One person who was called on to speak pointed out that while having eight books on the Book Review’s year-end list is very nice, such books were not bringing Random House Inc. big profits or spending weeks on the best-seller list—that for all of Mr. Dohle’s congratulations, the books that had been recognized by the Times aren’t the ones that will help achieve the goals or solve the problems he identified in his opening remarks. Mr. Dohle responded vaguely, just as he did for all the questions that were asked of him.
Only a few others bothered raising their hands before it became apparent that Mr. Dohle was not going to tell them anything of substance, and the meeting was adjourned.
An editorial meeting was held in Mr. Mehta’s office shortly thereafter. Such meetings, during which editors discuss acquisitions with each other and with the heads of publicity, sales, marketing and rights, happen at Knopf once every month or so, and Thursday’s had been planned well before the timing of the reorganization was finalized. Consequently, it proceeded exactly the same way as it always does, except that at the end Mr. Mehta and Tony Chirico, the shrewd and disciplined president of the Knopf group, took questions from the staff.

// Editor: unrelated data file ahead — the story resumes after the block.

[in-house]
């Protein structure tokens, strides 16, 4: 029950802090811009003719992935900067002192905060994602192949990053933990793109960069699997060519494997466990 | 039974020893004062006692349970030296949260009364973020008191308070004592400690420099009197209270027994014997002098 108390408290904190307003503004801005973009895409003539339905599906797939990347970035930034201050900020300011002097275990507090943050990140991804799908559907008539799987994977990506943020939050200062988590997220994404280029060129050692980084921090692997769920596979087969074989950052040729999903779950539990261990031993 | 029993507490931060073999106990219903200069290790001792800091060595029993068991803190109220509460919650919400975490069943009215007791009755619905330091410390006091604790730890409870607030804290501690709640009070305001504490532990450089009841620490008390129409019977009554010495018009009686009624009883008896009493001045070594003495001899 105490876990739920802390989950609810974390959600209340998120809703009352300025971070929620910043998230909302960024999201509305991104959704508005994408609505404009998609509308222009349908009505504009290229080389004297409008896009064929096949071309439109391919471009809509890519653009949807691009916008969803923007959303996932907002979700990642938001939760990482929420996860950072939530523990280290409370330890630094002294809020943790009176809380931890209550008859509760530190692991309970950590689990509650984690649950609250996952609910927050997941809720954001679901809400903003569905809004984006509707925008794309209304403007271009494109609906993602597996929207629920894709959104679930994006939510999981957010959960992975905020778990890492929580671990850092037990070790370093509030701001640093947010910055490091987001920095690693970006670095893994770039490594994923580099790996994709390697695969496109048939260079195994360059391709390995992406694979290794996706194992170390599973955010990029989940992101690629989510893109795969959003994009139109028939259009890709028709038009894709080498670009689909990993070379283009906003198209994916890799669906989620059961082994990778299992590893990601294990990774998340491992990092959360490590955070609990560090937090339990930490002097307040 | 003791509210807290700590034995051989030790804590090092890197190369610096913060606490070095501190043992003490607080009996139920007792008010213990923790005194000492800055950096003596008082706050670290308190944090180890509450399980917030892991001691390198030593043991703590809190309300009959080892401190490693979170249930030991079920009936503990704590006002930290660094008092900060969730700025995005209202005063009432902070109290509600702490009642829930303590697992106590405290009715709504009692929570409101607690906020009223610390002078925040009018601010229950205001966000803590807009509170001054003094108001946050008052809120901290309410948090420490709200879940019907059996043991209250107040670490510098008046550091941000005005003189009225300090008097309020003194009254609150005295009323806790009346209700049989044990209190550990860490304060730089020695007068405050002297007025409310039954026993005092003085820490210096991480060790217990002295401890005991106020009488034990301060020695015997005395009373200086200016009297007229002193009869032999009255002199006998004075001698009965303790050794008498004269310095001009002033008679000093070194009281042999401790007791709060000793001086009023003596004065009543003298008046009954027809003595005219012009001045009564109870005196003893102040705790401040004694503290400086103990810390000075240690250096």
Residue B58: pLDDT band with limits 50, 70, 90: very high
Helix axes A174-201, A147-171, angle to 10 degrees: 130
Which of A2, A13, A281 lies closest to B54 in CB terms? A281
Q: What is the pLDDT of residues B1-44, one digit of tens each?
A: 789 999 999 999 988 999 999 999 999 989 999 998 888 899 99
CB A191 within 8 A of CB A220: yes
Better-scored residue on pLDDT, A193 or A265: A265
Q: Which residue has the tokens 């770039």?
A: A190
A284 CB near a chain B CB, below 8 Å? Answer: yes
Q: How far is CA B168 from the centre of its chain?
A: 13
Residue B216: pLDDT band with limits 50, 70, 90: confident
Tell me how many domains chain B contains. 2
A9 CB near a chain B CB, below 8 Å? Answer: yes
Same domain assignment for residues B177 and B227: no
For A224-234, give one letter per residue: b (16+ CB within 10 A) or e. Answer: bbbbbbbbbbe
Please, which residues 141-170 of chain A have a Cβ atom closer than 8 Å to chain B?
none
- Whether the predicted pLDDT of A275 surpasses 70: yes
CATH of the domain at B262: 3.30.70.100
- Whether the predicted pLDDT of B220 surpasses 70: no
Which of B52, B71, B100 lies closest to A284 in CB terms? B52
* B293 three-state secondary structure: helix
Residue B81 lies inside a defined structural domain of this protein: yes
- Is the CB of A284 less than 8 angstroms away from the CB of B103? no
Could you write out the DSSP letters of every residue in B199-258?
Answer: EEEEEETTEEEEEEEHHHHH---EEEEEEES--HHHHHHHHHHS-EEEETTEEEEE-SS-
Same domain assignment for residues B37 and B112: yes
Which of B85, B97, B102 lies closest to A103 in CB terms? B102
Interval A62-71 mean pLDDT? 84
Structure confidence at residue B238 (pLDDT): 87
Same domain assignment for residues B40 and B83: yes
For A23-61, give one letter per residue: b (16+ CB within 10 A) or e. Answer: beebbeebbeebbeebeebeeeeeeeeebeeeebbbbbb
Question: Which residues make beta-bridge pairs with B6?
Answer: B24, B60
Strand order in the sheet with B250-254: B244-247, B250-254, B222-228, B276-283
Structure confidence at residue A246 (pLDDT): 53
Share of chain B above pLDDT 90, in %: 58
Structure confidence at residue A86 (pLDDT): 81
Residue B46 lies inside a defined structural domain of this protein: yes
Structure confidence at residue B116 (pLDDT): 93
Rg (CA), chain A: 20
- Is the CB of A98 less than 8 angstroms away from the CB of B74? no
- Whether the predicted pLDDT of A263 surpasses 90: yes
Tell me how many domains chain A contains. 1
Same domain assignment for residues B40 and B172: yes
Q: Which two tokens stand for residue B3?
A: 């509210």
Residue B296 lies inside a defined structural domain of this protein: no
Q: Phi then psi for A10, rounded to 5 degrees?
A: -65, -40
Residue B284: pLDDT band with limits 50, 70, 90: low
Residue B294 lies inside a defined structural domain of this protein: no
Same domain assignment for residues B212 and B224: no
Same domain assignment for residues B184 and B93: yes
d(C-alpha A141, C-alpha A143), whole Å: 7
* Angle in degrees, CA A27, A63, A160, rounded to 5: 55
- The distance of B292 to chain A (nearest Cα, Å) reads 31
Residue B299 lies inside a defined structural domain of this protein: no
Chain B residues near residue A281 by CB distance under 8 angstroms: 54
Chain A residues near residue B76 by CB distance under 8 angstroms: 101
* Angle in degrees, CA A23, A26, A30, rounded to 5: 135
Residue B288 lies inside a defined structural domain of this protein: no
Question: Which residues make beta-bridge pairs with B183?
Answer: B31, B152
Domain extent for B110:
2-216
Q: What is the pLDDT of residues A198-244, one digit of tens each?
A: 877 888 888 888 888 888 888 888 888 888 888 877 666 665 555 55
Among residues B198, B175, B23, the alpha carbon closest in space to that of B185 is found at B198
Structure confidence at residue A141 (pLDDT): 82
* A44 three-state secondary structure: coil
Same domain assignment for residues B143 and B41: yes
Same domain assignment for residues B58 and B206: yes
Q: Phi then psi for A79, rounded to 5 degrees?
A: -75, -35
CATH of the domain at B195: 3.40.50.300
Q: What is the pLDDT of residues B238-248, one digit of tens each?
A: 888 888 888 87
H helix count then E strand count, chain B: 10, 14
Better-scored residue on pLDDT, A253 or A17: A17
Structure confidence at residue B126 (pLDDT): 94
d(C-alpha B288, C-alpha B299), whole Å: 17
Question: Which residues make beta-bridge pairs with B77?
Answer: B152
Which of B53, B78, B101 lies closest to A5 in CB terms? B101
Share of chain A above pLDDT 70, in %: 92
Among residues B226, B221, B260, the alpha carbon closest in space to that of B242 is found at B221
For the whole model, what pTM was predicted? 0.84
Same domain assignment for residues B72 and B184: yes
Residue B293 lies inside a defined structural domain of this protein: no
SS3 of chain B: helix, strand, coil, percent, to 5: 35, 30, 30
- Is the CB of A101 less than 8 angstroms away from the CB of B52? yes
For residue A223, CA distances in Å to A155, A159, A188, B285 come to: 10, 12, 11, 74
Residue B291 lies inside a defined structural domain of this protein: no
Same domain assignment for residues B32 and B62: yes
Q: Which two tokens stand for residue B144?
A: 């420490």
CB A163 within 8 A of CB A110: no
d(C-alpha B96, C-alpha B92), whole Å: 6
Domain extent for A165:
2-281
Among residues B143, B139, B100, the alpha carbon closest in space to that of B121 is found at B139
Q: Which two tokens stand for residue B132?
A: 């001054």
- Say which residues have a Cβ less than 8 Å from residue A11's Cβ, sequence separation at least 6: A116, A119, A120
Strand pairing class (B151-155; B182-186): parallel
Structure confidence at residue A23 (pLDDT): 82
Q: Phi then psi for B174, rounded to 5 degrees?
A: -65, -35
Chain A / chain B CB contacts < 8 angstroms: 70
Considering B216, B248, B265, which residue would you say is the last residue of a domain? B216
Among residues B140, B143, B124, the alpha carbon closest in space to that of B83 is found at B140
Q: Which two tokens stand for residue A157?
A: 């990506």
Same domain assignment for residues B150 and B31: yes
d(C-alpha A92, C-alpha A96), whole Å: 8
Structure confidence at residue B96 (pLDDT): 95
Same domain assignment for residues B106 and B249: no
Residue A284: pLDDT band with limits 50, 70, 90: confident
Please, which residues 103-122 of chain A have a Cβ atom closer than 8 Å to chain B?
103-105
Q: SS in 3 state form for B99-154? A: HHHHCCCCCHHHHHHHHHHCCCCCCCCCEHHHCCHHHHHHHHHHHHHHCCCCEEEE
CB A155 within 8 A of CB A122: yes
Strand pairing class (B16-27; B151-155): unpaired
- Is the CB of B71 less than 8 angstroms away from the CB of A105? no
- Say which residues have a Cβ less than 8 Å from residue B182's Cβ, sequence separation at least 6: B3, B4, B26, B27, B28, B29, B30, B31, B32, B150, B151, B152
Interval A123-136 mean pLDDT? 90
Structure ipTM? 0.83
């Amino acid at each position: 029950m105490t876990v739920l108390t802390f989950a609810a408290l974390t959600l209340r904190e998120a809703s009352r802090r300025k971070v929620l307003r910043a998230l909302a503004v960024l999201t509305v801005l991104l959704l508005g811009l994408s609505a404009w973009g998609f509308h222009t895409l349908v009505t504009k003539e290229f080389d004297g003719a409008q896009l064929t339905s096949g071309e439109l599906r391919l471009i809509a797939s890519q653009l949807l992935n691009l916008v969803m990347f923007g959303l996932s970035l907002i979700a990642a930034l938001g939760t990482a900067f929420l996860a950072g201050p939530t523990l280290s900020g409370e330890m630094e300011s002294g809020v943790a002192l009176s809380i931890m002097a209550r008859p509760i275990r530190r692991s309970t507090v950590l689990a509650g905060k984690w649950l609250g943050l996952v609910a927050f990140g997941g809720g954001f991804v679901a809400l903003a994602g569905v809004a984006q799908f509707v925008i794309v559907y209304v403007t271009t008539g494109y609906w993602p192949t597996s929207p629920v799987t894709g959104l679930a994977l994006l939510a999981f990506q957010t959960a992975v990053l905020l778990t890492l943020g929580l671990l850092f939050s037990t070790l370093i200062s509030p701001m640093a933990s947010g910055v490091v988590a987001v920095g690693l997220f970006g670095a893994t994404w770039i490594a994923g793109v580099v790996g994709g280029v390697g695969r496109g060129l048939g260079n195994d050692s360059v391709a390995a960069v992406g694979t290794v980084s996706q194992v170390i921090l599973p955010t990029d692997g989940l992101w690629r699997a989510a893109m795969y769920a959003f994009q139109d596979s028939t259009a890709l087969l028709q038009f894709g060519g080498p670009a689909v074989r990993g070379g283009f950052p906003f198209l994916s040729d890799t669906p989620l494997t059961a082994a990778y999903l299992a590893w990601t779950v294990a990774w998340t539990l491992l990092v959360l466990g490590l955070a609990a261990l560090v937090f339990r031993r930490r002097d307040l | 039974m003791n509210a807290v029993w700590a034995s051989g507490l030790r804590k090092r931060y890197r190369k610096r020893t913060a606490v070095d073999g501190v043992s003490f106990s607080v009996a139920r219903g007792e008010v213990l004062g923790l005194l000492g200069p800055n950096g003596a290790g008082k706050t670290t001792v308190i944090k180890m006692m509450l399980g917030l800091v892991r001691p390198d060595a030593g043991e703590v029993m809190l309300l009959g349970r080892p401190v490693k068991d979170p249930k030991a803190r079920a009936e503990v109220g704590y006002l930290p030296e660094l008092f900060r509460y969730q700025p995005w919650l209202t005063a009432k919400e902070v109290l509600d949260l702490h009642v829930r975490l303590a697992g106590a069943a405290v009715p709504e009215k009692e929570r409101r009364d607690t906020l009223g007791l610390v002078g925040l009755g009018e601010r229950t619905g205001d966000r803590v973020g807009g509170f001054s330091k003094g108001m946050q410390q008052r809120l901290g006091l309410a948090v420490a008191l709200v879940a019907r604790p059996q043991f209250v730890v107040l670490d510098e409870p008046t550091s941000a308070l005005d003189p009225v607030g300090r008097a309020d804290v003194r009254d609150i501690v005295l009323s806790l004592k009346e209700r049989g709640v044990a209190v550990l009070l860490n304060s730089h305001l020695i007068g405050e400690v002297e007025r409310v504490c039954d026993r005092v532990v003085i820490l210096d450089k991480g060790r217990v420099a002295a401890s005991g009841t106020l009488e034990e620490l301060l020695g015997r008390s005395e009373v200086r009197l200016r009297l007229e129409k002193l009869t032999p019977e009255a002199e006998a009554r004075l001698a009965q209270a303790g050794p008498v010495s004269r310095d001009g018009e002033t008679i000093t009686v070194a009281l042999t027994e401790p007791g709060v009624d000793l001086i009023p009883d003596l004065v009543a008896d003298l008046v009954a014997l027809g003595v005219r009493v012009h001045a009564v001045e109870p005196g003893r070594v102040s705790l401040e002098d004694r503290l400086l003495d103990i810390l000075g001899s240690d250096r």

Mr. Mehta, who is famously elusive and hard to get access to, was asked at one point how he plans to manage his time, now that he has so many more editors under his jurisdiction.
Though the question had not been directed at him, Mr. Chirico dove for it with the zeal of someone trying to set the record straight, and said as convincingly as he could that the number of Doubleday people coming over to Knopf was actually not that big, and that the change would be felt far less acutely than some seemed to expect.
Mr. Mehta amplified this sentiment and moved on, assuring those in the room that he and Mr. Chirico would work quickly to figure out what kind of budget cuts they will have to enact as a result of the restructuring.
While they and their counterparts at Crown and Little Random sort through that, 1745 Broadway remains, as one agent put it, in a state of “complete emotional lockdown,” as everyone except the people in the thriving children’s division wonders if they will still have a job in 2009.
Tomorrow, the Knopf Publishing Group will hold its annual office Christmas party. The new people are invited. No word on whether they’ll be joined by Mr. Dohle.